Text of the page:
Can competition help customers if regulators won’t? Yes, according to the VP Public Relations for Entergy. He told Northside Sun readers that Entergy saved customers $50 million in 2013 by joining MISO’s regional grid and buying cheap electricity from competitors. He didn’t mention that Entergy could have saved customers $500 million by joining ten years earlier. Or that it joined under duress from the Department of Justice over antitrust issues. Or that it tried to divest part of its transmission system as “suggested” by the DOJ to prevent future antitrust issues. Or that the PSC blocked the divestiture citing concerns about higher rates. Yes, that’s the same PSC that just gave Mississippi Power a 14% rate increase for Kemper’s turbines and some stray pieces of its perpetually-under-construction gasifier.

Competition helps. Can Mississippi Power save money for customers if it joins MISO and buys cheaper electricity from competitors? Yes, a lot. Mississippi Power’s rates are much higher than Entergy’s. Why doesn’t it? Well, utilities make money from expensive plants. (Kemper is the most expensive ever.) The more a plant costs, the greater the utility’s guaranteed return. So they like to make electricity in their expensive plants. They don’t like to buy it cheap from competitors. They are very good at convincing PSC regulators that expensive electricity is good for customers. This is called regulator capture. It happens a lot. It’s why regulated monopolies with compliant regulators are often bad for customers, business, jobs, and economic growth. Expensive electricity hurts all of these.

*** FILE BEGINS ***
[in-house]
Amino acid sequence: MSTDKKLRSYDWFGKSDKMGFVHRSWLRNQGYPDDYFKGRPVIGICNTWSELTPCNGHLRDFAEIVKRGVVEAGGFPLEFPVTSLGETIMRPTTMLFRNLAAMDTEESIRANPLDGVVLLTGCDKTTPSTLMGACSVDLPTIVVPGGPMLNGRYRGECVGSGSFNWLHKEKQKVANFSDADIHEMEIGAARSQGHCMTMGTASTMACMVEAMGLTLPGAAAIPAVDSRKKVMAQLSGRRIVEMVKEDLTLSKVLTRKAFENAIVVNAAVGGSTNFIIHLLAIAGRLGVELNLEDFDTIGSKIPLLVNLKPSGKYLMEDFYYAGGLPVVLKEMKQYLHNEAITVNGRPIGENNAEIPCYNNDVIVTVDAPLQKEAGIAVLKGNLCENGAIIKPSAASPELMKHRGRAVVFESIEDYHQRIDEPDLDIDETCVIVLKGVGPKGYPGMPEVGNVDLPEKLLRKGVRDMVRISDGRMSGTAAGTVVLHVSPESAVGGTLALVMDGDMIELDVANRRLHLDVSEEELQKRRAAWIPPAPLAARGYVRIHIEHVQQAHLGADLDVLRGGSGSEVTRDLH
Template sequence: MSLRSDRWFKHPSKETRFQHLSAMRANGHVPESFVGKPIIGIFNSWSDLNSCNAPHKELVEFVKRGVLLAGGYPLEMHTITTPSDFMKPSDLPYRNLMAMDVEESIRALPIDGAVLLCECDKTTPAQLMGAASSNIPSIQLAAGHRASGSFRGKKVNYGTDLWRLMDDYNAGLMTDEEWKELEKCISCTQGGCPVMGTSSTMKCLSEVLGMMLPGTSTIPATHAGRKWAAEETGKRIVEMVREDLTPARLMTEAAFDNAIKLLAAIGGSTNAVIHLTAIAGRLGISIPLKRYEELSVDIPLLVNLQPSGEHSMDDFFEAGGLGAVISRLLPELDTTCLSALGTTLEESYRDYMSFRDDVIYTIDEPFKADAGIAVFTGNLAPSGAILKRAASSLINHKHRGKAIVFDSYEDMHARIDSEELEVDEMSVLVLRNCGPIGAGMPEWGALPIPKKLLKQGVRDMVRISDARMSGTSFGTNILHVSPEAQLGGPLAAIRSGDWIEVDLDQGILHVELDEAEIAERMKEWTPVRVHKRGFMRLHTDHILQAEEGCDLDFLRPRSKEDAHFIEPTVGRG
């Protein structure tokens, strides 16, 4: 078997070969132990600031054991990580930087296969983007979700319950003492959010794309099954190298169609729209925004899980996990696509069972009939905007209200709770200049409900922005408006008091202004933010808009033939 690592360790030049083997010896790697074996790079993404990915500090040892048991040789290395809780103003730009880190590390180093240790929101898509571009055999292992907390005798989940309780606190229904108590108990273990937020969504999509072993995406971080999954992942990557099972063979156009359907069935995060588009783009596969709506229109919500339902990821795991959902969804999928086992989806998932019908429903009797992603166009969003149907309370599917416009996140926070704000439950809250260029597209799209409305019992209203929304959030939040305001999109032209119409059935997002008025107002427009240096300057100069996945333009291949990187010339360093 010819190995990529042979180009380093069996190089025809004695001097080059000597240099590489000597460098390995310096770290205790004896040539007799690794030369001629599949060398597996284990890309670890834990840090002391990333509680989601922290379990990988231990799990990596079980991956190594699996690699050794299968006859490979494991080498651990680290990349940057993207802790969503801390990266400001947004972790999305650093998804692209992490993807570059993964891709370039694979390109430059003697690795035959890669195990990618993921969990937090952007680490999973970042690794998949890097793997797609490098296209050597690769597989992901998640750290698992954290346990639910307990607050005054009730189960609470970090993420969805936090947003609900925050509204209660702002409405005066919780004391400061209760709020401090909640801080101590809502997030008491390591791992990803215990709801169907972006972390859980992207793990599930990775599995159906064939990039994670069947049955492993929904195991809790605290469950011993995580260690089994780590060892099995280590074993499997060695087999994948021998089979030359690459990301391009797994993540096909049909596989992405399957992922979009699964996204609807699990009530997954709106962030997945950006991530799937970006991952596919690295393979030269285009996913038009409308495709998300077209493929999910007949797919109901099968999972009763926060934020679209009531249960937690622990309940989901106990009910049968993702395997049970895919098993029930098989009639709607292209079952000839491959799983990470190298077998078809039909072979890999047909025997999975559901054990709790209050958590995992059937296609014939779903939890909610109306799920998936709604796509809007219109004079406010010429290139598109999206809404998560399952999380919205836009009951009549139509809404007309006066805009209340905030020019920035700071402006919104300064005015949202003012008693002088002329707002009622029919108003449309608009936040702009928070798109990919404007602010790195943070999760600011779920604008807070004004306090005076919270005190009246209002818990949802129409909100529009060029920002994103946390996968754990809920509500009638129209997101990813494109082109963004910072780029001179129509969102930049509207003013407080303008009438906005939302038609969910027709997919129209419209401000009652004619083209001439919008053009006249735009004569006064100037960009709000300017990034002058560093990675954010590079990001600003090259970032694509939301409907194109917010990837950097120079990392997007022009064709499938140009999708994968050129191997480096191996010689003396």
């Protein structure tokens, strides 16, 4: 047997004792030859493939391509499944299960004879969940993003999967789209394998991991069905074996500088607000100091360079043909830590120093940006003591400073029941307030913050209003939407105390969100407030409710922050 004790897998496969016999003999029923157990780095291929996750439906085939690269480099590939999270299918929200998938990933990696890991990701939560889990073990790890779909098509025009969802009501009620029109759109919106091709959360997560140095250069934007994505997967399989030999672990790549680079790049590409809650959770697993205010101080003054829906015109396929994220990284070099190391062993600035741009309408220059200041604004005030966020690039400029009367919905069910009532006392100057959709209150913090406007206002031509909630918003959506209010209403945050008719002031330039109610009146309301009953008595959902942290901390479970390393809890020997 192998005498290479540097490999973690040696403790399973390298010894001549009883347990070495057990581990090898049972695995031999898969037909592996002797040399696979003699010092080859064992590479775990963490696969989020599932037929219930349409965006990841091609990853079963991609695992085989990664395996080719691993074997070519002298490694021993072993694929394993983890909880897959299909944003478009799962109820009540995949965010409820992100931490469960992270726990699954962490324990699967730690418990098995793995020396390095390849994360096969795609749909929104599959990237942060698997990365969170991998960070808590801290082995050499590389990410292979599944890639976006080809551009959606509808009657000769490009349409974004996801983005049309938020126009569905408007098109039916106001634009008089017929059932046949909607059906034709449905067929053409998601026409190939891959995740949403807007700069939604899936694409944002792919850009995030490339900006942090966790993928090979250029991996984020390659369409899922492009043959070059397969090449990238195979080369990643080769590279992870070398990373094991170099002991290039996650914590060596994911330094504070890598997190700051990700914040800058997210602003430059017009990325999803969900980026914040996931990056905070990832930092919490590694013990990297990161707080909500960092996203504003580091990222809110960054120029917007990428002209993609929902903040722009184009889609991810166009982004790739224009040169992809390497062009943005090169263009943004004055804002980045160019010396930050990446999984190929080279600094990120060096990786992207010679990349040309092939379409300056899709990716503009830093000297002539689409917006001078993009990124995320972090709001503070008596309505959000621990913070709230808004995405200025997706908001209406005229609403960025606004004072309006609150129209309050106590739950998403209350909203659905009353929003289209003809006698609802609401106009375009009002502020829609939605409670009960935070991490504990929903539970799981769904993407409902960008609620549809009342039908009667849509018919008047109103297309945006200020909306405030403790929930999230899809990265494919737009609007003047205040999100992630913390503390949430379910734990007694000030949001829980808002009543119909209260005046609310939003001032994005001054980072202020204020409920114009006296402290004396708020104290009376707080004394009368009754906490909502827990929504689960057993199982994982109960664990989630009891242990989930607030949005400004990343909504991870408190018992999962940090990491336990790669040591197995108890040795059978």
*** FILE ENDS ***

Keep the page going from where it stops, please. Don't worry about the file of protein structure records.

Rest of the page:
Now, look at quasi monopolies. They are businesses with a government franchise or license that limits competition. Like taxis in Jackson. Think competition would make things better? Yes. When passengers have a choice, they don’t chose dirty taxis with surly drivers. They pick Uber. Then dirty taxis get clean, and drivers get polite. There are lots of quasi monopolies whose customers would benefit from competition. So would the economy.

Good government may be an oxymoron because there’s too much of it. A good place to start whittling is on monopolies and their political enablers.